Is CBD Safe?
CBD has been considered as a possible treatment method for vertigo symptoms, as well as many other conditions. That being said, if you haven’t used CBD products like oils, tinctures, edibles, or inhalers , it may leave you wondering about safety.
For more context, CBD refers to cannabidiol, which is one of the most notable active ingredients found in marijuana (aka cannabis) plants. While CBD does derive from the hemp plant (the cousin of the marijuana plant), it does not provide the psychoactive effects or “high” feeling that cannabis products containing tetrahydrocannabinol, or THC, will produce.
CBD is not a cure; however, it has been shown to provide relief for many symptoms that result from health conditions. CBD can help relieve an extensive range of health symptoms without the risk of developing a dependency.
CBD does not provide any psychoactive effects. Therefore, it will likely not impair your ability to drive safely. However, it’s important to check with your local laws and restrictions, as they differ among regions. That being said, you are most likely safe to drive after taking CBD oil. The only exception might be if the CBD product you’ve taken contains THC, it can impair your driving.
As for possible side effects, the research available on CBD suggests that there are some rare cases. The potential side effects are not common & typically mild but include dry mouth, nausea, or fatigue. In order to prevent adverse side effects, make sure your CBD dosage is reasonable concerning the recommended amount.
Overall, CBD is a safe treatment method, but if you have specific concerns related to your health– check with your doctor beforehand.
Other Treatment Options For Vertigo
Vertigo cases vary in symptoms and causes, so treatment options will depend on the patient and their specific case. For many cases, vertigo symptoms will fade without any treatment, as most episodes are short– ranging from 2 minutes to a few hours.
There are treatment options that can help to prevent vertigo symptoms/episodes from occurring in the future, depending on the case. Here are some of the common treatments for vertigo patients.
If an underlying cause of a patient’s vertigo is an infection of the inner ear or elsewhere, doctors may prescribe antibiotics to reduce inflammation. This can open up the passageways, reduce buildup in the ear, and minimize swelling to eliminate vertigo triggers.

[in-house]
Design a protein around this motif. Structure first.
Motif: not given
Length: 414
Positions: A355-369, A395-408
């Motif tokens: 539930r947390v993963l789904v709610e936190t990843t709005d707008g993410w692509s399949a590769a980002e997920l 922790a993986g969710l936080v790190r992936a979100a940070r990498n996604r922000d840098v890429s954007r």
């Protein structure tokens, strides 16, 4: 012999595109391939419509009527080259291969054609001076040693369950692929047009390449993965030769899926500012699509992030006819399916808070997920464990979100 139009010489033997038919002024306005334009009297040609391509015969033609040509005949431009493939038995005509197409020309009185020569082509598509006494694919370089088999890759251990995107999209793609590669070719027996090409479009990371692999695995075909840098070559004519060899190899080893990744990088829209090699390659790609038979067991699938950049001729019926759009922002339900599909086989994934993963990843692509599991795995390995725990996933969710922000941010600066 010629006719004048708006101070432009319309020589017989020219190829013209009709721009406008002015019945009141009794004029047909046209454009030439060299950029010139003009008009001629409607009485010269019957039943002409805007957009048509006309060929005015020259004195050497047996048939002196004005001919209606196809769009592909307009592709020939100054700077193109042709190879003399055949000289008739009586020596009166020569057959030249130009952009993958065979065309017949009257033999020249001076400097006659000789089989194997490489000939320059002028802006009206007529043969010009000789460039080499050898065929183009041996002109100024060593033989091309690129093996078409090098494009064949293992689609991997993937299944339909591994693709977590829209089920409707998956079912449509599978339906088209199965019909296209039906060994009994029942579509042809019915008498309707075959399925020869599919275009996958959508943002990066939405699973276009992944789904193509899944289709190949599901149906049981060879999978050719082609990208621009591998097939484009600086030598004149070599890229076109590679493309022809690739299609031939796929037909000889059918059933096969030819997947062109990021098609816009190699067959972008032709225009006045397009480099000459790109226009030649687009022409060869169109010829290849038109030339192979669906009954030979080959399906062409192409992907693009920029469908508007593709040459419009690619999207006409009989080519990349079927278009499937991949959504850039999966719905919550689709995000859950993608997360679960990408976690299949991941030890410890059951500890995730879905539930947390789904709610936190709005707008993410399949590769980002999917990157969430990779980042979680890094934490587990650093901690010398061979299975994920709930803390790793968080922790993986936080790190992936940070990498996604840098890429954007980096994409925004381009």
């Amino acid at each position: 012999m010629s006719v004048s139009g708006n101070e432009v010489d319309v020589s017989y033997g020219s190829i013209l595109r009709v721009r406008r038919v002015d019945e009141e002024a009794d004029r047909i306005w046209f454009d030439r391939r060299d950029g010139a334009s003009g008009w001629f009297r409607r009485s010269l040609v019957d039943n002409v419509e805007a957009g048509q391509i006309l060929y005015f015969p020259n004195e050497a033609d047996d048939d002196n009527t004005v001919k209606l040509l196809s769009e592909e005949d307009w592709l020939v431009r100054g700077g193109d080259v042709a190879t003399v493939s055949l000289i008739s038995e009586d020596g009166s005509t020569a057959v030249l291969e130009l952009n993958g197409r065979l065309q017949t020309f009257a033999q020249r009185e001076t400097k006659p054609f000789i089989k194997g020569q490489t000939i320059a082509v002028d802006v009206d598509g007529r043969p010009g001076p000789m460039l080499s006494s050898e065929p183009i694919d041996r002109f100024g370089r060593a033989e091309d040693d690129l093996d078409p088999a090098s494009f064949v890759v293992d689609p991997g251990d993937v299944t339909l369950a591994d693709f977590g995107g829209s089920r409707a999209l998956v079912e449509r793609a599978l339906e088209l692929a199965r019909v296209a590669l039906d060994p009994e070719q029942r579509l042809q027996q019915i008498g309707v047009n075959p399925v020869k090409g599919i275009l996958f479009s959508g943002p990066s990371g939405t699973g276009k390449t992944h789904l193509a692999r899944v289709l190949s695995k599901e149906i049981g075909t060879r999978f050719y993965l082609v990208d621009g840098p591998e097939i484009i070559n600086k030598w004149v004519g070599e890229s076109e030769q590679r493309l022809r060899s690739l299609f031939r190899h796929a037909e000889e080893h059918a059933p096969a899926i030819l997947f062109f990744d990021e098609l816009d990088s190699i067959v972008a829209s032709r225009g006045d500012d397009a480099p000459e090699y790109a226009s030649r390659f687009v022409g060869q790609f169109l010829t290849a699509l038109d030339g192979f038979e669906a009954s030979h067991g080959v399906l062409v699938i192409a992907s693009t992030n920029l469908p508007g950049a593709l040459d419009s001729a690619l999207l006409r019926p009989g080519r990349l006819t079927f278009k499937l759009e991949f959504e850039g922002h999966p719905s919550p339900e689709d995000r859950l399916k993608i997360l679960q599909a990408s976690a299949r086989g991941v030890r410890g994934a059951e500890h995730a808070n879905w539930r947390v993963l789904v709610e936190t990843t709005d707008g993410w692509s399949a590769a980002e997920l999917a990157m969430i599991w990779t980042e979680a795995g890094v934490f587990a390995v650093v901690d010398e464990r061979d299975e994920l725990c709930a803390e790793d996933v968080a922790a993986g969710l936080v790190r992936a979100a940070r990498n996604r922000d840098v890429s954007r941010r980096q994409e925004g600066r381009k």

This form of treatment is more common with patients who experience vertigo very often and want to prevent/reduce symptoms such as dizziness and loss of balance. This treatment is a form of physical therapy that works to train your vestibular system.
The vestibular system is a sensory-based system that influences balance and spatial orientation. It works by training your system to send signals to the brain that relate to movement and gravity, making it easier to control balance and disorientation. Overall, this treatment helps to strengthen your senses in order to prevent common triggers or symptoms of vertigo long-term.
For patients with severe cases, especially caused by Meniere’s disease, certain medications are prescribed to alleviate dizziness. These medications can include diuretics, antihistamines, lorazepam, and more. This is a preferred treatment only when recommended by a medical professional after a thorough diagnosis.
Canalith Repositioning Procedure
This procedure is used to treat patients with benign paroxysmal positional vertigo (BPPV) in order to prevent dizziness using simple head maneuvers. This treatment is focused on the inner ear calcium deposits, using movement to reposition the particles to prevent dizziness. It is not a total cure, but it can be effective after 1-2 treatments. Although uncommon vertigo may reoccur after treatments, but less frequently.
Some patients may feel relief from vertigo symptoms by practicing lifestyle habits/home remedies. These practices include walking with a cane, squatting instead of bending, sleeping with a raised head, and other daily changes.
There isn’t much research out on this method of treatment, however, a 2015 study showed some promising results. This research found that 30 minutes of acupuncture treatment was able to reduce vertigo symptoms in 60 patients who were seeking emergency medical attention for dizziness/vertigo.